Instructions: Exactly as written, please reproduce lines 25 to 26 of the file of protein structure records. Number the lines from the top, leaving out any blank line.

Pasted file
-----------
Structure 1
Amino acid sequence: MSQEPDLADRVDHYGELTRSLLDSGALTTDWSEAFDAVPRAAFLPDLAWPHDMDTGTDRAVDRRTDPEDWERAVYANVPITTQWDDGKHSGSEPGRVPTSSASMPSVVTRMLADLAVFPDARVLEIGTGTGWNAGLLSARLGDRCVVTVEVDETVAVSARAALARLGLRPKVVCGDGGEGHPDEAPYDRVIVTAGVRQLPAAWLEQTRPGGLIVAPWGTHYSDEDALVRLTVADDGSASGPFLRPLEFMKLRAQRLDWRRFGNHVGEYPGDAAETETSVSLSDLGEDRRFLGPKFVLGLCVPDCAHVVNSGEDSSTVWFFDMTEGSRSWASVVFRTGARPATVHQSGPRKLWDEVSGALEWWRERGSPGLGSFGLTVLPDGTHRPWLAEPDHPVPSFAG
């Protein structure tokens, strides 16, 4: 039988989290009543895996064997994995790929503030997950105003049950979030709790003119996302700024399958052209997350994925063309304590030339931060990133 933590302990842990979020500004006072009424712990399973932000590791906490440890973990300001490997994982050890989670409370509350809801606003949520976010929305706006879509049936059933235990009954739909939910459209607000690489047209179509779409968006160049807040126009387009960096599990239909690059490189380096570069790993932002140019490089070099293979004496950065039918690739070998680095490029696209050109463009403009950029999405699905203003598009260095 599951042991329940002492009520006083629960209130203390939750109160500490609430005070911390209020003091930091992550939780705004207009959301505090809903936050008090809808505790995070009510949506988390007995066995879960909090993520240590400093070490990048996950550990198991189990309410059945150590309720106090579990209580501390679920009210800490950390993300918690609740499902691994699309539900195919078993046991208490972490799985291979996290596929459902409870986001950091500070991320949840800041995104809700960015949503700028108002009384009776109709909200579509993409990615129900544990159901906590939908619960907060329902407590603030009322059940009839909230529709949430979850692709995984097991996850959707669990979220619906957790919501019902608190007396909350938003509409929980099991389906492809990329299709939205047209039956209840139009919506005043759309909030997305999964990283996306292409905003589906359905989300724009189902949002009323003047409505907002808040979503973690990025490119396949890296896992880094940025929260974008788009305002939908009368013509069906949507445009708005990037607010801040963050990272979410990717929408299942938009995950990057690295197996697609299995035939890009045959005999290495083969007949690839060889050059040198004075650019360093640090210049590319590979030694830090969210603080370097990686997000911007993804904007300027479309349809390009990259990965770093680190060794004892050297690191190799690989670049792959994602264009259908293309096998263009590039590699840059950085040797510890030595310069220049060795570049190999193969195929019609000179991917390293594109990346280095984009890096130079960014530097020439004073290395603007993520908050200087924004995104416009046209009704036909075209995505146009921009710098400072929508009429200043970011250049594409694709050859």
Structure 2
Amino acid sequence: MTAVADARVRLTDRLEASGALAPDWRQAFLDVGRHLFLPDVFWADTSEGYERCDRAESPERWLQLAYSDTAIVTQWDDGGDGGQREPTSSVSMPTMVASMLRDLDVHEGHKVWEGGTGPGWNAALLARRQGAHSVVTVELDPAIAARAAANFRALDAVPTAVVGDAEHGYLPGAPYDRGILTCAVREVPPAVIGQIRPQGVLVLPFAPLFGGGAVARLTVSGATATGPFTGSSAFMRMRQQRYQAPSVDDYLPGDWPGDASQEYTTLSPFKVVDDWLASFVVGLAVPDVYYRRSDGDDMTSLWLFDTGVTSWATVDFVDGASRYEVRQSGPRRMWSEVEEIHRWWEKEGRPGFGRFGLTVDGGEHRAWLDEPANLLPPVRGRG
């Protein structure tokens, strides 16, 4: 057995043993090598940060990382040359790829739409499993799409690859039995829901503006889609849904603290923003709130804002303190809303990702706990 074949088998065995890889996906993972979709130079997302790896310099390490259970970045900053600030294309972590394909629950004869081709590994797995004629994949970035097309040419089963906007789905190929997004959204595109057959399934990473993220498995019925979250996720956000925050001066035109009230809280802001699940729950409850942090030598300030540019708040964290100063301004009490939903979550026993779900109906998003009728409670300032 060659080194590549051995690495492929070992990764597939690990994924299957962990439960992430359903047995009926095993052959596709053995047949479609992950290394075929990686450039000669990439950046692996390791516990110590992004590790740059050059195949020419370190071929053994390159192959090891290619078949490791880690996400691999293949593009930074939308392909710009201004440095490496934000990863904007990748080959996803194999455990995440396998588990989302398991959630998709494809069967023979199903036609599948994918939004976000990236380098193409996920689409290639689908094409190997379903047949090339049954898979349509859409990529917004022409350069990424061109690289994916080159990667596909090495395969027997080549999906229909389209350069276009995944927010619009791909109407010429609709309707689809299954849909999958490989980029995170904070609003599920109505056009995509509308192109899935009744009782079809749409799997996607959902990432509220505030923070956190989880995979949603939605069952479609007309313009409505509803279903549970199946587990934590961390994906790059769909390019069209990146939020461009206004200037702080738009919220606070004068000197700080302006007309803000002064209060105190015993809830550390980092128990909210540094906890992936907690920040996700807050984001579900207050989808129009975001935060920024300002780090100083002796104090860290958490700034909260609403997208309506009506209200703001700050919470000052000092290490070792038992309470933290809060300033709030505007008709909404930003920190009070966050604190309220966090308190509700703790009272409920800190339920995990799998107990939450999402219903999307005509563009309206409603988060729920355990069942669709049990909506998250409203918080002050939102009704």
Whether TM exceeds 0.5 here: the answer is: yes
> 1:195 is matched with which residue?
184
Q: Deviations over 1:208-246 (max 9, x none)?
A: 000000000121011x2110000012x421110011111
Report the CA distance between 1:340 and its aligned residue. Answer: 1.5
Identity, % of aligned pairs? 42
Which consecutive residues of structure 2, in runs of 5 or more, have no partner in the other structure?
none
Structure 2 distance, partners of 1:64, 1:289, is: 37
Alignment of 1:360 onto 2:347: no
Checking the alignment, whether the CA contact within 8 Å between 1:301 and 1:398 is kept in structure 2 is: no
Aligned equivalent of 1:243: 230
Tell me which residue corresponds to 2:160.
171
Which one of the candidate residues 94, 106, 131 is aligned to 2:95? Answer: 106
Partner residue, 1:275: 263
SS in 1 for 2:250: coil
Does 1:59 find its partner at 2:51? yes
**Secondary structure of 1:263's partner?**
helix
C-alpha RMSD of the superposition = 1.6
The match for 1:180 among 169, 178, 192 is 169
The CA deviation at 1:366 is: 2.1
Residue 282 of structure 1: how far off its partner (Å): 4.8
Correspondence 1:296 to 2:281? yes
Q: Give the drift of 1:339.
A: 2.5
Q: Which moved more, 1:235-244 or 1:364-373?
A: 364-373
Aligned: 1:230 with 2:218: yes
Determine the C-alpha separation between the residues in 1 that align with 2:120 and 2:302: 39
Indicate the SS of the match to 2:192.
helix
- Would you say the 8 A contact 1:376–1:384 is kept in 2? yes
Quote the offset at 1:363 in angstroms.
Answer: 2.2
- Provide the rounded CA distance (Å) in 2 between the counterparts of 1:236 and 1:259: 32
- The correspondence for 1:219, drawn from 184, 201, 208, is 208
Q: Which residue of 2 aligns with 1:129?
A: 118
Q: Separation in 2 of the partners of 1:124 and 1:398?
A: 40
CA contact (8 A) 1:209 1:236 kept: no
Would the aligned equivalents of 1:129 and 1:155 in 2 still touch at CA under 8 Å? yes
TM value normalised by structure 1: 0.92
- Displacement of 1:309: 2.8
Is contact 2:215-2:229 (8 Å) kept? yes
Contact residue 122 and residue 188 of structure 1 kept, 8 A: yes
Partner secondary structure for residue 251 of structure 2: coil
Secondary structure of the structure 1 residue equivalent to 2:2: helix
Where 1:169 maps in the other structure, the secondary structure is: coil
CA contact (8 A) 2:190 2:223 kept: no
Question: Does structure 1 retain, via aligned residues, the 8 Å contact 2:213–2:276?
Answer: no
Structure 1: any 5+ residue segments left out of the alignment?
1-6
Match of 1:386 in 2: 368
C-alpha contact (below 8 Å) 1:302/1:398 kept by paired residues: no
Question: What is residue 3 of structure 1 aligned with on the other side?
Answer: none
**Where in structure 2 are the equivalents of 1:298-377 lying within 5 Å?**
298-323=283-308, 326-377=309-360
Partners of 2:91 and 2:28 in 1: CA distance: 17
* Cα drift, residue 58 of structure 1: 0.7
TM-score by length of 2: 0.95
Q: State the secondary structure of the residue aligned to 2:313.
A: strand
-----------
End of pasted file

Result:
Does 1:59 find its partner at 2:51? yes
**Secondary structure of 1:263's partner?**